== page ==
In June 2014, Addicus Publishing released the book “Divorce in Washington”, which was authored exclusively by David Crouse.view all
Hiding marital assets during the process of a divorce is contrary to the fiduciary duty that each spouse owes to the other. Some spouses view the potential financial gain from hiding assets as being far more important than fair dealing. Hidden assets are often not easily found, especially those placed in the hands of third parties or behind trust or corporate documents.
Looking for hidden assets or unreported/under-reported income often involved the careful review of hundreds of pages of financial documents and the discovery process can test the resolve of even the most dedicated litigators. Proving the existence of an asset and proving it is part of the divisible marital estate is indeed a challenge. The individual hiding assets has a distinct advantage over the attorney who tries to discover them. This attorney seeking to find hidden assets must use a variety of discovery methods to increase the odds of locating the missing asset or income.
The following list reflects areas that have the potential for the hiding of assets or income:
• Bank or investment accounts. The existence of hidden bank or investment accounts is probably the most prevalent form of hidden assets.
• Hidden income unreported on tax returns and financial statements.
• Collusion with an employer to delay bonuses, stock options, or raises until a time when the asset or income would be considered separate property. While always possible, this is even more prevalent where the employer is a closely held business.
• Debt repayment to a friend for a phony debt.
• Expenses paid for a girlfriend or boyfriend, such as gifts, travel, rent, or tuition for college or classes.
• Stocks, mutual funds or other securities
• Stock Options – Stock options, not yet exercised but given as part of a compensation package to an employee, are often undisclosed unless the right questions are asked.
• Farming assets – “Watch the hay disappear.” Farm assets are a good candidate for aerial scouting.
• Commissions not yet paid/contingency fees not yet paid. This often occurs hand in hand with collusion between the spouse and their employer.
• Tax credits, carryovers and refunds – The parties may be entitled to credit previous tax losses against income and to carry this credit forward annually in increments. Similarly, tax refunds require a determination of whose name is the check coming to or what account it will be directly deposited into.
• A custodial account set up in the name of a child, using the child’s Social Security number. Deposits and withdrawals can easily be made without an unsuspecting spouse knowing.
• Hobby collections (particularly baseball cards, coins and stamps) as well as gold and silver – These should be itemized before dissolution if possible and appraised as soon as possible. This is one of the quickest assets to disappear and unless immediately accounted for, will never be fully discovered.
• Antiques and artwork – Antiques, paintings, sculptures, and carpets are often located at the spouse’s place of business.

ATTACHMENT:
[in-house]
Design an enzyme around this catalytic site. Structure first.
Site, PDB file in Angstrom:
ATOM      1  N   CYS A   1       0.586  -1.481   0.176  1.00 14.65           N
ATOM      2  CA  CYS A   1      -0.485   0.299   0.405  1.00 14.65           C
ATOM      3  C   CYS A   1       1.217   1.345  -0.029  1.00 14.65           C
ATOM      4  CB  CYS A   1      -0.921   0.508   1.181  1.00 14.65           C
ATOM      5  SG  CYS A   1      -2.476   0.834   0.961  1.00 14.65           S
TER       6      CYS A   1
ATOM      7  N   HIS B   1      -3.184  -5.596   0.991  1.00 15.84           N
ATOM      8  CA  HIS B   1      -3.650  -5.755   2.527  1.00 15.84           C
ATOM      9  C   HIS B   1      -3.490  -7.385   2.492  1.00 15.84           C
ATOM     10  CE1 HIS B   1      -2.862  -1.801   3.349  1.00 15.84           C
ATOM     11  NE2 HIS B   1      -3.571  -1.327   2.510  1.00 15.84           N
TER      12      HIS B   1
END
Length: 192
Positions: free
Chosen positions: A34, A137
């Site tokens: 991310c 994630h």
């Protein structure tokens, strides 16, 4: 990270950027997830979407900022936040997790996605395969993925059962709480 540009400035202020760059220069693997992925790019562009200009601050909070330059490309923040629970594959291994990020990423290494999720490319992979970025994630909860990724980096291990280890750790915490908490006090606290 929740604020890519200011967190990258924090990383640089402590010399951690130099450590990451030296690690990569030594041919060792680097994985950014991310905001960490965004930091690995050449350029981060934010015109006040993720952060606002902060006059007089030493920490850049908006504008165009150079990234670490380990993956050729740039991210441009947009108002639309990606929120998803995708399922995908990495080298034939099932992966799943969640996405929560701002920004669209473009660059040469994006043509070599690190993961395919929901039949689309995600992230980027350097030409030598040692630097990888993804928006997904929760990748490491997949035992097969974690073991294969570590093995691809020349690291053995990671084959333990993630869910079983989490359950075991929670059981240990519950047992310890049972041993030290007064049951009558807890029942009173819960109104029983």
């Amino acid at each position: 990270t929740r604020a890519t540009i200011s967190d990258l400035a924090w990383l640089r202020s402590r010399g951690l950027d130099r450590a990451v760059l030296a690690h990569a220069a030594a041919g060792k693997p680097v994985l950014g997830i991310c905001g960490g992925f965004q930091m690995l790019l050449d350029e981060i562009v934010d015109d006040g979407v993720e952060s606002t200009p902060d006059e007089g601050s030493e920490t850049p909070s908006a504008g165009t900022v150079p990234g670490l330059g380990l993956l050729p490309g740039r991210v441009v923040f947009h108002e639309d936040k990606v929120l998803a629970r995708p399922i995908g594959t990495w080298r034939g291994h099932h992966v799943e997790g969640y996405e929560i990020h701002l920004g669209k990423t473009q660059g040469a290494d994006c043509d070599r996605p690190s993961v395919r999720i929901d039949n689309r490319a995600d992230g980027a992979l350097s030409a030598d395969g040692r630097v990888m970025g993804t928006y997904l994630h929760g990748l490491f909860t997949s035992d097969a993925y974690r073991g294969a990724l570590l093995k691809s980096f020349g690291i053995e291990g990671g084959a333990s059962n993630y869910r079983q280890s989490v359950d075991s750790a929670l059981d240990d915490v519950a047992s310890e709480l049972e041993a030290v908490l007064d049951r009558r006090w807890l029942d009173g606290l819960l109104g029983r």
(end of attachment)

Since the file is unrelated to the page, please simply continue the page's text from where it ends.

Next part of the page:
• Frequent Flyer miles- A potentially valuable asset which is frequently overlooked but readily discoverable.
• Vehicles, boats, ATV’s, tools, firearms and other household goods. Like hobby collections, these assets can quickly disappear after separation and should be quickly documented and/or appraised.
By no means is this list of potential problem areas exhaustive. A properly motivated spouse can hide a myriad of assets. Instead, this list represents hidden assets commonly seen in dissolution actions where a spouse is inclined to deception. Having identified common areas of abuse, the inquiry then turns to how these hidden assets can be discovered. This is a multi-faceted approach involving the analysis of tax returns, use of interrogatories (written questions under oath) or other discovery methods, and the analysis of other documents and records.
In almost every case, my first point of inquiry involves the inspection and analysis of income tax returns, both personal and corporate. These returns provide clues to the discovery of income, income earning assets, or asset sales. Typically, the attached schedules are far more important than the summary entries on the first two pages of the 1040 return. It is my practice to get copies of tax returns for at least the prior three to five years, and in some cases I have gone back much farther. Spouses inclined to deception may provide altered or incomplete tax returns when requested through discovery. Where deception is suspected, it is wise to order a copy of the returns directly from the IRS or the state.
I am not a CPA and few practicing family law attorneys are so qualified. Accordingly, first and foremost, I view my job as a family law attorney to identify the potential for abuse. When red flags arise, it is my practice to bring in an accountant to analyze the respective financial documents. While my discovery may reveal hidden assets, trained financial professionals are far more likely to recognize areas of deception and assist in the process of asset recovery and valuation for the divorce court.